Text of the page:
If that sounds like something you’d be interested in reading, keep checking in here, where as well as writing the book, I’ll also be going through my process, sharing my thoughts around it and talking about how I work, in case that’s useful for anyone else who is considering using this strange time to write that book you’ve always wanted to write.
I’m currently weighing up different options for publication, looking at the pros and cons of Kindle, Patreon etc. I’ll share my experience of this side of things too. My intention is to publish an e-book and audio book (with me narrating) on 25th June, retailing at somewhere between £5 and £7.
I got invited to a birthday party in Burton-on-Trent that was quite unlike any other – a mass tasting of six legendary beers known as the ‘Bass Corkers’.
On 16th December 1869, Ratcliff Ale was mashed in at Bass, Ratcliff & Gretton in Burton-on-Trent to celebrate the birth of a son to the Ratcliff family. It was a fairly common tradition in brewing families for such beers to be brewed ready for when these scions reached their majority at the age of 21. The story I heard was that young Master Ratcliff never made it that far, so the beer was never opened.
On 16th December 2019, I’m in Burton to drink some Ratcliff Ale on its 150th birthday, along with five other variations on these beers designed for ageing, know to connoisseurs and collectors as the ‘Bass Corkers’.
Bass fan and Burton beer historian Ian Webster, ably assisted by passionate fellow Burtonian beer collector Gary Summerfield, wanted to commemorate Ratclliff Ale’s anniversary, and put an appeal around Burton. Burton responded, with people donating scores of bottles – a total of 75 beers are opened for tonight’s audience of 100 or so people. This is an incredible act given that some of these bottles trade on EBay for £300 or more. I thought I knew these beers well, but I’m astonished to find there are pint bottles and quart bottles, with the occasional ultra-rare magnum.
The way these strong ales were made was to boil the wort for twelve hours, reducing the liquid to create a very high concentration of fermentable sugars. This led to an alcohol content of around 12% ABV which, aided by heavy hopping rates, vastly reduced the chances of microbial spoilage as they aged, according to Burton Brewer and Chairman of the National Brewery Heritage Trust, Dr Harry White. Harry explains the difference between the effects of microbiological spoilage – infection that means the beer goes ‘off’ – and the effects of ageing, which is all about oxidation.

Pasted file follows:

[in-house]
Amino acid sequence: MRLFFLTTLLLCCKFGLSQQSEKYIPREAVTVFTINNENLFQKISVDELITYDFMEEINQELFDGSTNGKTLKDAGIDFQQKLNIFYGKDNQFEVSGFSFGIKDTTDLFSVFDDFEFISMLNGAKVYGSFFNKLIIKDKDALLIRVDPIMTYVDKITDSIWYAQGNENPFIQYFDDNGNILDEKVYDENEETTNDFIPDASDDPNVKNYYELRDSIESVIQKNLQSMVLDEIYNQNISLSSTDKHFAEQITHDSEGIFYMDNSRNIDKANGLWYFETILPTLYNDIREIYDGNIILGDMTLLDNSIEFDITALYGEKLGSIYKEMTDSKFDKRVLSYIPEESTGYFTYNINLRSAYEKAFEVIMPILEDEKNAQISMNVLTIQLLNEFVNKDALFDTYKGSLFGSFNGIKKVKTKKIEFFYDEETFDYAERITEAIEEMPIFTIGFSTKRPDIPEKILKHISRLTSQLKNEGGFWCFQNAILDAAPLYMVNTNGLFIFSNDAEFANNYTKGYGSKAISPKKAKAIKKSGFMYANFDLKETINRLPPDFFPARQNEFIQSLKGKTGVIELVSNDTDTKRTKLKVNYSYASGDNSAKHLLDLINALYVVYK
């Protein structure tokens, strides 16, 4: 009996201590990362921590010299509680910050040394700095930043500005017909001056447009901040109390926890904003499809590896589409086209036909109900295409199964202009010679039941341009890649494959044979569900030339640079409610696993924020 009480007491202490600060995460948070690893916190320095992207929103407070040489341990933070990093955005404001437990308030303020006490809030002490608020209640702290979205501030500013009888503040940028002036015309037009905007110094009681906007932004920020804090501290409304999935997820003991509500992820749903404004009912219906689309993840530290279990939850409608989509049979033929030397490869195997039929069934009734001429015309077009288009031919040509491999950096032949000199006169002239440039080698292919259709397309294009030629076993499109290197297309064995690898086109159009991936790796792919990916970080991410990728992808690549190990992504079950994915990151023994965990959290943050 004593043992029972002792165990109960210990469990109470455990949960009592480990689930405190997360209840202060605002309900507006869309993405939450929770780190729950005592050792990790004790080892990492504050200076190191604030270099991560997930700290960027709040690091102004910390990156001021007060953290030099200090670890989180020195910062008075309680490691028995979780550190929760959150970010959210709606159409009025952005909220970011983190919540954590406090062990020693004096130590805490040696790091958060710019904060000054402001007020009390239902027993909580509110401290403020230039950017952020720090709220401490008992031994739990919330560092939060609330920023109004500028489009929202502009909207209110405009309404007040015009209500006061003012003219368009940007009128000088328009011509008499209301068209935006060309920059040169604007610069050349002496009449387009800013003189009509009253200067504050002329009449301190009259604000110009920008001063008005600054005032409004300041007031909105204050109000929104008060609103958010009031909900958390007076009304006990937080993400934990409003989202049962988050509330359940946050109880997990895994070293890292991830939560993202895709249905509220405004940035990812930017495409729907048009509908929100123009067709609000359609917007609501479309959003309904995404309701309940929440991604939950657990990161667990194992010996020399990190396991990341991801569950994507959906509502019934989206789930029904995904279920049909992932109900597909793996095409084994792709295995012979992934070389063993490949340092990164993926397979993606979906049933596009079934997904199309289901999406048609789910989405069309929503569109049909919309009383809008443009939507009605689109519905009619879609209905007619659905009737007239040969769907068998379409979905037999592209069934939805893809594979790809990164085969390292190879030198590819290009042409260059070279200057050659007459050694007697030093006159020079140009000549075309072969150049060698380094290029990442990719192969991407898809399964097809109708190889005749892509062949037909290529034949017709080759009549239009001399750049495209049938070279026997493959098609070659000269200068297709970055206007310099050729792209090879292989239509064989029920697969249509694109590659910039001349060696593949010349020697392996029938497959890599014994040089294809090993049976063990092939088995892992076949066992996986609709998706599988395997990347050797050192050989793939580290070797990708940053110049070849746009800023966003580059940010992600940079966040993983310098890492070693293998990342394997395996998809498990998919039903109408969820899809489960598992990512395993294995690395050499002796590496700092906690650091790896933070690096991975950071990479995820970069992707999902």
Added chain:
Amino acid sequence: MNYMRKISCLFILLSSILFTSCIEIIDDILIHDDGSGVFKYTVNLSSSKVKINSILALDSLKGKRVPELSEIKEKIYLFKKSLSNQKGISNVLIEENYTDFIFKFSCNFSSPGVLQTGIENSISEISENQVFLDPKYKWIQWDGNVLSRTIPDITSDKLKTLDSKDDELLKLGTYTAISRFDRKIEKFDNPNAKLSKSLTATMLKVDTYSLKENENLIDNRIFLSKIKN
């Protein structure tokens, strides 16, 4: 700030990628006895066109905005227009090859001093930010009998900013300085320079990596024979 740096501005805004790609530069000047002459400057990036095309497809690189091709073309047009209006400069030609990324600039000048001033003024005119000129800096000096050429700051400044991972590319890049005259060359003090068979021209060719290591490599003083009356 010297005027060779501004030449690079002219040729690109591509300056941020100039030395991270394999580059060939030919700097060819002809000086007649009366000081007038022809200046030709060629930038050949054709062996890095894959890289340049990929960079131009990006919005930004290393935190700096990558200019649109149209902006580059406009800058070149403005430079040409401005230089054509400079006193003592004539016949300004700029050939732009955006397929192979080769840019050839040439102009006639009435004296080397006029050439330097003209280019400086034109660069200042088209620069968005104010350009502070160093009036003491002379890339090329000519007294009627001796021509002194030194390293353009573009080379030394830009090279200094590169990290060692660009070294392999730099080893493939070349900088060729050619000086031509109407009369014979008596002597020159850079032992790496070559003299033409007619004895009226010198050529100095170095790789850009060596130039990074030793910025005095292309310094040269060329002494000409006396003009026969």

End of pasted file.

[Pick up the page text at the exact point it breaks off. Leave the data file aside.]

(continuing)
Oxidation as ‘a complex series of interactions’ that begin with whatever oxygen is left in the bottle when it is sealed. There’s always some, and a bottle-conditioned beer needs it to start its slow, secondary fermentation. The yeast mops up the oxygen during this process, but then, when there’s nothing left for it to eat, it dies. When beer is a few years old it can taste stale, papery, or wet doggy. But there’s not a straight line into old age and decrepitude – other reactions continue to happen, and various different aspects of the beer come and go in a process John Keeling, when he was head brewer at Fuller’s, likened to sine waves, during vertical tastings of Fuller’s Vintage Ale. Those tastings were truly memorable – but even the most venerable Vintage Ale – from 1997 – is fifteen years younger than the most youthful Bass Corker, which is…
Prince’s Ale, 1982
Starting with the youngest first, the idea is you get some kind of progression. This 37-year-old, brewed to commemorate the birth of Prince William, tastes more like a three-year-old barley wine. There’s chocolate and caramel on the nose, some fruity notes reminiscent of ruby port, and no hint of papery oxidation at all. It tastes different rather than old, with a hint of meaty umami character, some acidity, but mainly a warming, welcoming fusion of malt character, alcohol and microflora.
Princess Ale, 1978
This has a much paler caramel colour than its younger sibling. It’s much lighter on the nose, toffeeish, with hints of spice and incense. On the palate it’s lighter again, with a bitterness that’s curiously tannic rather than hoppy. Overall, it tastes old and woody – not as engaging as the beer four years younger, but just as drinkable. Maybe it’s something to do with Princess Anne having mashed the beer in, given that she doesn’t like beer.
Jubilee Strong Ale, 1977
This is much darker again, chocolate-coloured. There’s a little tartness on the nose, which reminds me of Rodenbach, and a bit of smokiness. On the palate, it’s sweet, sour and bitter – I swear there’s still a bit of hop character to it – and something that is not directly derived from hops, barley, Burton water OR Bass ale yeast.
I’m on a tasting panel with Roger Protz and a selection of former Burton Brewers. My old friend Steve Wellington – another former brewer and the man who recreated A 19th century Burton IPA for the voyage to India I recounted in Hops & Glory – is in the audience. Steve once told me that when you taste aged beers, you get a different reaction from professional brewers than you do if you assemble a broader panel of taste experts – and so it proves with this beer. The brewers up here speak of mild infection, of something getting into the bottle that shouldn’t be there. Whereas I’m thinking that Brettanomyces means ‘British fungus’, so named because it was originally associated not with Belgian sours, but vatted strong British ales. This beer reminds me that Rodenbach – one of the finest sour beers in the world – took its original inspiration from none other than Greene King.
Prince’s Ale, 1929
Why was there a jump of fifty years between this beer and the previous (or rather, subsequent) one? I don’t know. The war was an obvious factor, but why was there not one for the Queen’s coronation? I can vaguely remember her Silver Jubilee and the incredible wave of patriotism that came with it. It was also around the same time that a large stash of the 1902 Kings Ale was discovered in Bass’s cellars, so maybe that inspired the idea for the start of the second wave of corkers that ran from 1977 to 1982.